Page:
Between the much-loved Tweedlove Festival, downhill and enduro events, trail centres, extensive road riding, and an impressive roster of fast locals, the Tweed Valley holds a special place in British riders’ hearts. Despite its renown, however, the area’s trail riding has recently slipped from the rankings of the UK’s top trail centres.
Constituted in 2008 following a large community consultation, AimUp Ltd aims to move Tweed back to the top of the tables. The result of eight years’ worth of volunteer time and effort, AimUp has presented a vision to the local council and MSPs that they feel would “sustain and develop the community and economy of Innerleithen, Walkerburn and Traquair by growing off-road cycling and tourism by developing a cost effective programme to build a mechanical uplift, bike park and visitor attraction at Innerleithen for the benefit of the local community and Scotland.”
What AimUp call the “game changer” is a proposed low-environmental-impact mechanical uplift (Weili), alongside a family-oriented alpine coaster run attraction, providing all-ability, all-age access to a beautiful part of the Scottish Borders. Not just a mountain bike project, AimUp feel that the proposed uplift would be “about allowing people that may not otherwise be physically capable to also access the multitude of trails or walking paths within the Traquair Forest.” Revenue from the proposed attractions would be returned to the centre for use in developing new and maintaining existing runs.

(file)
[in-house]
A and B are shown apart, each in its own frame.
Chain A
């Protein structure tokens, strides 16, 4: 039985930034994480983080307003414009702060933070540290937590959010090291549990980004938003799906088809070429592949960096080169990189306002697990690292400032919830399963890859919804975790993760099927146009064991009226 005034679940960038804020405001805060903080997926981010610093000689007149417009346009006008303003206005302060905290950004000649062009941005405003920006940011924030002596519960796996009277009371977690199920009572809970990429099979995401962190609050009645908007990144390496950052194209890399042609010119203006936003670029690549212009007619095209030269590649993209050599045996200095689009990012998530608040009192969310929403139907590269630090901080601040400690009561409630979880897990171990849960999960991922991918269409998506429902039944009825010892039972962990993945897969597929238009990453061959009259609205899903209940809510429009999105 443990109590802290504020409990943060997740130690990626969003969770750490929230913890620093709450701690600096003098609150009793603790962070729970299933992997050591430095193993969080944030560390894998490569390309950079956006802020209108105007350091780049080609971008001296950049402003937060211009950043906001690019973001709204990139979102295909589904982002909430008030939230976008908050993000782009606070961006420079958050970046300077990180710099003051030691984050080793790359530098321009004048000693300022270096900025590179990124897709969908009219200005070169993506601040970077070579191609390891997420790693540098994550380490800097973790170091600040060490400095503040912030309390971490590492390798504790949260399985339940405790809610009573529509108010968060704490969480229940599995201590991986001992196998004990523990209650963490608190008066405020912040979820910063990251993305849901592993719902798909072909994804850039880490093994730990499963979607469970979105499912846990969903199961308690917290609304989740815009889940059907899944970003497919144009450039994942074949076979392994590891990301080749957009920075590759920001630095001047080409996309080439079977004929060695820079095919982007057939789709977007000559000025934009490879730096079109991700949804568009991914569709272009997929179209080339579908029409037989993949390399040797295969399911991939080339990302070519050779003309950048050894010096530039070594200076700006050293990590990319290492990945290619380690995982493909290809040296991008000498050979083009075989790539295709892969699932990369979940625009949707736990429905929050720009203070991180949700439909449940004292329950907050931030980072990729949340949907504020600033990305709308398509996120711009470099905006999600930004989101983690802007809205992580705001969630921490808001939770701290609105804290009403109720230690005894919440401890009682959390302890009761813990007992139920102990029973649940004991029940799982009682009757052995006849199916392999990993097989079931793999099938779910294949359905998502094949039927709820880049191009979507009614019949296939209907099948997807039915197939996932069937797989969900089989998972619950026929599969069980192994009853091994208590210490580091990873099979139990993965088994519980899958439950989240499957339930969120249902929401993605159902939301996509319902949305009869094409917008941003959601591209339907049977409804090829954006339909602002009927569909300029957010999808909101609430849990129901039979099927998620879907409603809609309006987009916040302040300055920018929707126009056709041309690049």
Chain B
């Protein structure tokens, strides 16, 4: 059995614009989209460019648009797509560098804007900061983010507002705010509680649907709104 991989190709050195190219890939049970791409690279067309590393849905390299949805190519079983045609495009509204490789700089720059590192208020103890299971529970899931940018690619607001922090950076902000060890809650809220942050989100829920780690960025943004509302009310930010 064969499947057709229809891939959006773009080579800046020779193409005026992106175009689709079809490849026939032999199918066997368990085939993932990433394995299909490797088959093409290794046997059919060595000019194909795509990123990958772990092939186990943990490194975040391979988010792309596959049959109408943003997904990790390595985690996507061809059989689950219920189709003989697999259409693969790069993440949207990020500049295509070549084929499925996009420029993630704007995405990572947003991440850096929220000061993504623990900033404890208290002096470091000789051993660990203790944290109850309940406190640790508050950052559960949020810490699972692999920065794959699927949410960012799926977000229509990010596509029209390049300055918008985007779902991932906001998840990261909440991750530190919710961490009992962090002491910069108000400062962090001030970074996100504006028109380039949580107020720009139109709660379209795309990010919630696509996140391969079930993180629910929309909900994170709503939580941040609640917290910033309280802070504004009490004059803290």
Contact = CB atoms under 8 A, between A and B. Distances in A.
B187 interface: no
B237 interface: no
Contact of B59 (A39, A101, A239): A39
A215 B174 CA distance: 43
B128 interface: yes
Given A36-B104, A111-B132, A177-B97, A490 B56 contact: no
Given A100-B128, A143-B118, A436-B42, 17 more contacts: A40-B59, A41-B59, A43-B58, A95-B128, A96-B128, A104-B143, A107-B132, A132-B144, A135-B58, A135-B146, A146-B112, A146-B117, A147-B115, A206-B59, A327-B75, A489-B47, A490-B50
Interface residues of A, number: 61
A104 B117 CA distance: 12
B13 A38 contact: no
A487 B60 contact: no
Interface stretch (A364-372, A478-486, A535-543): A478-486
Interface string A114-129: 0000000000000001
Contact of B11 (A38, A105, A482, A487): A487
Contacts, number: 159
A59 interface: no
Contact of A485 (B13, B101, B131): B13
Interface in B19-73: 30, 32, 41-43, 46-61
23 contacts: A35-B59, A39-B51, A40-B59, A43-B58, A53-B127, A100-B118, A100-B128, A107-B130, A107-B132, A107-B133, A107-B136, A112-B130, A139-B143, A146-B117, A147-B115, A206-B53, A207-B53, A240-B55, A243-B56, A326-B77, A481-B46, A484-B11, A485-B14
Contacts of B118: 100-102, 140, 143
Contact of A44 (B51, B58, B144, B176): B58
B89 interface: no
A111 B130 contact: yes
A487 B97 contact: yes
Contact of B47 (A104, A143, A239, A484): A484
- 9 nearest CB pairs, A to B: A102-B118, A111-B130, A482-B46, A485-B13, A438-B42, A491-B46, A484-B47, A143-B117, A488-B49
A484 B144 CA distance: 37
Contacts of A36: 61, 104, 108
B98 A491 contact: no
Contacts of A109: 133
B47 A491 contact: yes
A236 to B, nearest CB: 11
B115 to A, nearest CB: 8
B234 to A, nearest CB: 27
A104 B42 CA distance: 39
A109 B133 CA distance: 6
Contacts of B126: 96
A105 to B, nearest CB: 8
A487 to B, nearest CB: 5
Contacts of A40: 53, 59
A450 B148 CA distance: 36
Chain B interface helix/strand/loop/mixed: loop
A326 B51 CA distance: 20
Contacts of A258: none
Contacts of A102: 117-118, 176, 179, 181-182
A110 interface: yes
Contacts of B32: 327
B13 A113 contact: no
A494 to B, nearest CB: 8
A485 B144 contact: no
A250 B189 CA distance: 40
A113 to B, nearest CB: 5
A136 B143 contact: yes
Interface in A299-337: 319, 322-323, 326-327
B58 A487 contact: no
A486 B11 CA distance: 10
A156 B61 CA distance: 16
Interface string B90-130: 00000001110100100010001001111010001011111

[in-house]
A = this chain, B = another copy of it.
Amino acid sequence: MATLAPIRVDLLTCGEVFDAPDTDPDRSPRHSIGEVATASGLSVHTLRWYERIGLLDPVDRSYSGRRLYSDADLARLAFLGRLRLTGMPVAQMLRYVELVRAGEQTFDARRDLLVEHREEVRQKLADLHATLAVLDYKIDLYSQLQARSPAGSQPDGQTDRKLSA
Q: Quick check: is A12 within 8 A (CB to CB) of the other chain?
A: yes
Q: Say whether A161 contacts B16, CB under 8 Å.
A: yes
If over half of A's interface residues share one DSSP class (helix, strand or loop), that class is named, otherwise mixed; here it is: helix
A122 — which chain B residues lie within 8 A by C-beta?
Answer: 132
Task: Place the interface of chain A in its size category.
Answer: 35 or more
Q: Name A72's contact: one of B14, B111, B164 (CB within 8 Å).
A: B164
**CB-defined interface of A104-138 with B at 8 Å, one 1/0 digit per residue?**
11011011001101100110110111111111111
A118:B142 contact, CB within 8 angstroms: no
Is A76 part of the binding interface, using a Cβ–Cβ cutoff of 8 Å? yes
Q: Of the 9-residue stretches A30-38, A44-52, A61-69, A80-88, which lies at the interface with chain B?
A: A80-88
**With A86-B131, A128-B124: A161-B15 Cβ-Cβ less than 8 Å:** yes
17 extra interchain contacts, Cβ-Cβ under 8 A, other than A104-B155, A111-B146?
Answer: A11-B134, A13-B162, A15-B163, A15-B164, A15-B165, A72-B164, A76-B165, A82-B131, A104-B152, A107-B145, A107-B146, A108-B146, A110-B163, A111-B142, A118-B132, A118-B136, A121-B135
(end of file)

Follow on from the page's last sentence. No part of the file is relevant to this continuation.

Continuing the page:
Earlier this week at Innerleithern Memorial Hall, AimUp chairman Gordon Donald presented summary of the group’s vision to fifty members of the public- as well laying out the obstacles they feel have been placed in front of them by those charged to act in the best interest of the communities they represent. The Tweed Valley Mountain Biking Stakeholder Group have concluded that “the uncertainty of the visitor numbers makes [AimUp’s proposal] high risk for investment.” While AimUp is represented in the group (as one of seven voices), it is AimUp’s position that the Stakeholder Group have based their decisions not to proceed on the proposed plan without proper market research and on an unreleased consultant’s report commissioned by the Group. The project’s prospects are further weakened by EU legislation reducing tax relief for social investments, which have caused a previously-interested private investor to withdraw interest.
Local businessman Steve Treacy was “appalled at the lack of any political or council representation at the meeting and the apparent apathy of the Stakeholder Group and local political arena to progress anything tangible”. Local bike shop owners Gordon and Anna Hardie, whose son was part of the Scottish Downhill Academy, were “stunned that figures and statistics presented numerous times [by AimUp] have seemingly been ignored by elected members of the government, councilors and the publicly-funded Stakeholder Group”. Although invited, no representatives from any of the public bodies attended or were available for comment.
The consensus among Tweed Valley cyclists and the businesses they support is that action is needed to reinvigorate riding in the Valley and to attract riders whose attention may have drifted elsewhere in the region or towards Wales. A local guest house owner focused on the economic benefit it would bring; “it is a shame that the public agencies haven’t been as supportive as they might be, and seem to lack the vision and determination to make this happen. Clearly it would help to fill the spare capacity in our business, boost the numbers we employ, and provide year round business.”
Overall, the members of AimUp and their supporters come across as exhausted and frustrated by lack of support from public officials. Riders and others in the community who would like to see more support for the development plan should visit the AimUp Facebook Page for instruction on how best to express support.